Weighing between 1.6 and 3.2 kg (3.5 and 7.1 lb), the corsac fox is considered a mid-sized fox. Its presence is notable in the steppes, characterized by vast treeless grasslands. During the winter season, the corsac fox’s coat thickens, adapting to the cold weather, and may lose its dark coloration.
Despite being targeted for its fur and facing hunting pressure, the corsac fox remains abundant and common throughout its range. Its conservation status is classified as “Least Concern,” signifying that its population is relatively stable and not of immediate concern. Conservation efforts continue to be crucial in ensuring the long-term survival and well-being of this fascinating Central Asian species.
- The coyote, also known as the prairie wolf, is a versatile canid species that inhabits various regions of North America. From vast prairies to dense forests, this adaptable member of the dog family can thrive in diverse environments. Unlike its close relative, the grey wolf, the coyote is known to reside near human settlements.
One intriguing aspect of the coyote is its ability to hybridize with wolves, leading to the emergence of hybrid offspring known as ‘coywolves.’ This unique characteristic highlights the genetic flexibility and adaptability of the coyote species.
Despite facing some challenges and conflicts with human activities, the coyote population is currently classified as “Least Concern” in terms of conservation status. This indicates that the species’ population is relatively stable and not at immediate risk. The presence of coyotes across North and Central America contributes to the ecological diversity and balance of these regions.
- The crab-eating fox, also known as the forest fox, wood fox, bushdog, or maikong, is a prevalent canid species found in South America. It is well adapted to various habitats, including marshlands, savannas, and forests. This fox species has a distinctive appearance with small, dark grey fur and short limbs. When feeling nervous, it raises its tail as a sign of alertness. In terms of size, the crab-eating fox is notably smaller than a medium-sized domestic dog, weighing between 4.5 and 7.7 kg (10 and 17 lb).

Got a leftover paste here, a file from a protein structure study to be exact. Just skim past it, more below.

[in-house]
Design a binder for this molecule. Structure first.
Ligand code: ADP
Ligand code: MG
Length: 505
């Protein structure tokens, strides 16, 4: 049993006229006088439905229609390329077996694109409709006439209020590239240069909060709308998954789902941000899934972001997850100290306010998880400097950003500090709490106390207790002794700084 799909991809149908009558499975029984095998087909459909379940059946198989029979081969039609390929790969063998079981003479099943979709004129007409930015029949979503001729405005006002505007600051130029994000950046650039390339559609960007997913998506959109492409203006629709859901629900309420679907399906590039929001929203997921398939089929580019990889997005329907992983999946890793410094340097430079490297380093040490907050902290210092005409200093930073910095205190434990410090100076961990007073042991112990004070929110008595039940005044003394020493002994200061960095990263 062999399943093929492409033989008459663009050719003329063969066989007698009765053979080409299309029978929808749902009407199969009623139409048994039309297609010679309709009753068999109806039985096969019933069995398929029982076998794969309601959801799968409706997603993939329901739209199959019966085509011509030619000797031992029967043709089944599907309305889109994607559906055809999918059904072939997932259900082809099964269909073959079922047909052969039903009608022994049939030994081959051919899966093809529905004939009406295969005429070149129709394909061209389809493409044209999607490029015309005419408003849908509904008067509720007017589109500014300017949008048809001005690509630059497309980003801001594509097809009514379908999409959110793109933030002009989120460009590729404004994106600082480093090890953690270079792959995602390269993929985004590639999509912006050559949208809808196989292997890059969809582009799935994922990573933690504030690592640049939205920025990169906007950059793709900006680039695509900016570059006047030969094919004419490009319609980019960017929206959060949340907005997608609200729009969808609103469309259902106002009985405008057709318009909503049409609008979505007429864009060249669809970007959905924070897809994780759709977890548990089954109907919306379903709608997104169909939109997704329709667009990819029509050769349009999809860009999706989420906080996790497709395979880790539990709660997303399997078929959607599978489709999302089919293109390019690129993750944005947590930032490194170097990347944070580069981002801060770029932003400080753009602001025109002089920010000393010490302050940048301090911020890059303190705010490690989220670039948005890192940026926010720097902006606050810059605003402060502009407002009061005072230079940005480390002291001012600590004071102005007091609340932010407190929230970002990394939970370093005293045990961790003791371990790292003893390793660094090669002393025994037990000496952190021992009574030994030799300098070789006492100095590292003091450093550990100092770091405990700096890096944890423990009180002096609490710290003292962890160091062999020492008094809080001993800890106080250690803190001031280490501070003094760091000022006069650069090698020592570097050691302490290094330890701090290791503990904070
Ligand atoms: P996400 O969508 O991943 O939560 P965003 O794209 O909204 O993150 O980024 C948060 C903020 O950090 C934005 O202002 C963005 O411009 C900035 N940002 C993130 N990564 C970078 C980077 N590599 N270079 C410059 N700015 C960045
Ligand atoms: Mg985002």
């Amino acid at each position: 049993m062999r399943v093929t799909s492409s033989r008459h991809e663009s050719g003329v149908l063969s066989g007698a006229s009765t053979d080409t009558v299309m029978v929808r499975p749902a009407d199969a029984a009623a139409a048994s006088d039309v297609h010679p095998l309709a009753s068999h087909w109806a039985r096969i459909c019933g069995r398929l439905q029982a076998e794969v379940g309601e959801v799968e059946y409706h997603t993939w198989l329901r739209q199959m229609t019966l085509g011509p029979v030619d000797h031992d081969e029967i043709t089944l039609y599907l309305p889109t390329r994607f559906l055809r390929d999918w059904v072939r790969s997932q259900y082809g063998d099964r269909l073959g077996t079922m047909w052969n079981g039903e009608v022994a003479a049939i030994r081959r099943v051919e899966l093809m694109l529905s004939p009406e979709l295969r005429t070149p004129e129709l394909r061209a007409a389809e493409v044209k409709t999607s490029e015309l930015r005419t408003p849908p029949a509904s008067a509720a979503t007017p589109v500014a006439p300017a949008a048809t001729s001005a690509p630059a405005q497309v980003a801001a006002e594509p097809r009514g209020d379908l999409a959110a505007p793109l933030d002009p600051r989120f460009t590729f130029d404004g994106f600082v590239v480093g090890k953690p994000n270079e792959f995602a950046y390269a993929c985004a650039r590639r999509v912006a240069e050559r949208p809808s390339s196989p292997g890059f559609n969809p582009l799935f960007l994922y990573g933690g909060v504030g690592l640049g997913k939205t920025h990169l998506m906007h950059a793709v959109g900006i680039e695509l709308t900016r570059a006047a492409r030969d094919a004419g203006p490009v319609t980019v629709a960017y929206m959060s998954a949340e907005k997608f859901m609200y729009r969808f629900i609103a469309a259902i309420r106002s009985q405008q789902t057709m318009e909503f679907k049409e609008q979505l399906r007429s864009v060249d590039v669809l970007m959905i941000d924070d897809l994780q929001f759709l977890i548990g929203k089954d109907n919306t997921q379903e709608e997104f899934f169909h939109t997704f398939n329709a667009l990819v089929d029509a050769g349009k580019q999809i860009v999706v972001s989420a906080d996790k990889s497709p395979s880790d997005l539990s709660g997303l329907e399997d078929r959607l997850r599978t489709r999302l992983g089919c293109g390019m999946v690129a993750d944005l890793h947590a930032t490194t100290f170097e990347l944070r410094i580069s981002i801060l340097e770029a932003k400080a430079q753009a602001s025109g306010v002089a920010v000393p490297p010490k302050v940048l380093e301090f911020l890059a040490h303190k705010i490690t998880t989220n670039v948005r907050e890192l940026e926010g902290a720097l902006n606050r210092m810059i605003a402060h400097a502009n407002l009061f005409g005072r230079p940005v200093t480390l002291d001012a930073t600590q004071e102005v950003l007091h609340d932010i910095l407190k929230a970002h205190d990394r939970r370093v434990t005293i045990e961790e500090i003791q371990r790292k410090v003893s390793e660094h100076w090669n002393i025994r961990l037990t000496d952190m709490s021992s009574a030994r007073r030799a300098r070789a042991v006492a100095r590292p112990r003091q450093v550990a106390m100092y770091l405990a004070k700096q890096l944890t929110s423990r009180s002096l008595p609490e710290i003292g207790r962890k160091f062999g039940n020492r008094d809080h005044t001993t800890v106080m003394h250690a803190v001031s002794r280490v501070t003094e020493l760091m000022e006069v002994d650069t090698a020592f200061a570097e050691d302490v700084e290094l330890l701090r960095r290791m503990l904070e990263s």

During the day, the crab-eating fox seeks shelter in subterranean dens, emerging at dusk to engage in its hunting activities. One notable behavior of this species is its skill in crab hunting, particularly in muddy areas near floodplains. However, the diet of the crab-eating fox is not limited to crabs alone; it also consumes other animals and plant matter.
Interestingly, indigenous communities have been known to keep the crab-eating fox as a pet, showcasing a long-standing connection between humans and this remarkable South American canid.
- The culpeo, also known as zorro culpeo, Andean zorro, or Andean fox, is a notable canid species found in South America. It holds the distinction of being the continent’s second-largest dog species, following the maned wolf. The culpeo belongs to the Lycalopex genus, which encompasses various South American foxes, also known as zorros in Spanish, and related animals.
With its striking appearance, the culpeo possesses grey-red or yellow fur and a distinctive bushy tail. It is slightly smaller than a coyote in size. The range of the culpeo spans from southern Colombia to southern Chile, allowing it to inhabit diverse environments throughout South America. However, it is most commonly encountered on the western slopes of the Andes mountain range.
Despite certain localized threats and habitat alterations, the culpeo is currently classified as “Least Concern” in terms of conservation status. This indicates that the species’ population is relatively stable and not of immediate concern. The presence of the culpeo in South America adds to the unique ecological diversity and natural heritage of the continent.